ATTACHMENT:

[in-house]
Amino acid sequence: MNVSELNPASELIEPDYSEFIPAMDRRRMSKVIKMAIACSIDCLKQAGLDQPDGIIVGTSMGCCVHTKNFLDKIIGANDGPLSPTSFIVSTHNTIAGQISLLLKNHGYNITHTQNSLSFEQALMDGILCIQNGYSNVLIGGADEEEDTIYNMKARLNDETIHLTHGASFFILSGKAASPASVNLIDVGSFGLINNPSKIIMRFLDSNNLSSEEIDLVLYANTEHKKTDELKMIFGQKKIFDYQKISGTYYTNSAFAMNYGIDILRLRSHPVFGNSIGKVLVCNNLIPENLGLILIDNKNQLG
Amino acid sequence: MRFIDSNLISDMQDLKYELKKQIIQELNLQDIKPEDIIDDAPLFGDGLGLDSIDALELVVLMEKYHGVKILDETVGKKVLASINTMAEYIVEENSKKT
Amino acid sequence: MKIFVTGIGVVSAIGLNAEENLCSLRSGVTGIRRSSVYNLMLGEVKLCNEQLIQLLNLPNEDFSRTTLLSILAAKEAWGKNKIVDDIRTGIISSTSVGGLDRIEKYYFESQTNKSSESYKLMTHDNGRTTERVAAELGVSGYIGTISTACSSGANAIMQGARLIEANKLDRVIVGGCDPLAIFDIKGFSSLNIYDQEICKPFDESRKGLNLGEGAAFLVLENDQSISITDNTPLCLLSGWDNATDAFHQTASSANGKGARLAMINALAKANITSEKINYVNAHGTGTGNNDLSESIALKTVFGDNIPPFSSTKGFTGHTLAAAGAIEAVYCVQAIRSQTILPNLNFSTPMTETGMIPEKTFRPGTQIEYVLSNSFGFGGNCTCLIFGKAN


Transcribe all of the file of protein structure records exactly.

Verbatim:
[in-house]
Amino acid sequence: MNVSELNPASELIEPDYSEFIPAMDRRRMSKVIKMAIACSIDCLKQAGLDQPDGIIVGTSMGCCVHTKNFLDKIIGANDGPLSPTSFIVSTHNTIAGQISLLLKNHGYNITHTQNSLSFEQALMDGILCIQNGYSNVLIGGADEEEDTIYNMKARLNDETIHLTHGASFFILSGKAASPASVNLIDVGSFGLINNPSKIIMRFLDSNNLSSEEIDLVLYANTEHKKTDELKMIFGQKKIFDYQKISGTYYTNSAFAMNYGIDILRLRSHPVFGNSIGKVLVCNNLIPENLGLILIDNKNQLG
Amino acid sequence: MRFIDSNLISDMQDLKYELKKQIIQELNLQDIKPEDIIDDAPLFGDGLGLDSIDALELVVLMEKYHGVKILDETVGKKVLASINTMAEYIVEENSKKT
Amino acid sequence: MKIFVTGIGVVSAIGLNAEENLCSLRSGVTGIRRSSVYNLMLGEVKLCNEQLIQLLNLPNEDFSRTTLLSILAAKEAWGKNKIVDDIRTGIISSTSVGGLDRIEKYYFESQTNKSSESYKLMTHDNGRTTERVAAELGVSGYIGTISTACSSGANAIMQGARLIEANKLDRVIVGGCDPLAIFDIKGFSSLNIYDQEICKPFDESRKGLNLGEGAAFLVLENDQSISITDNTPLCLLSGWDNATDAFHQTASSANGKGARLAMINALAKANITSEKINYVNAHGTGTGNNDLSESIALKTVFGDNIPPFSSTKGFTGHTLAAAGAIEAVYCVQAIRSQTILPNLNFSTPMTETGMIPEKTFRPGTQIEYVLSNSFGFGGNCTCLIFGKAN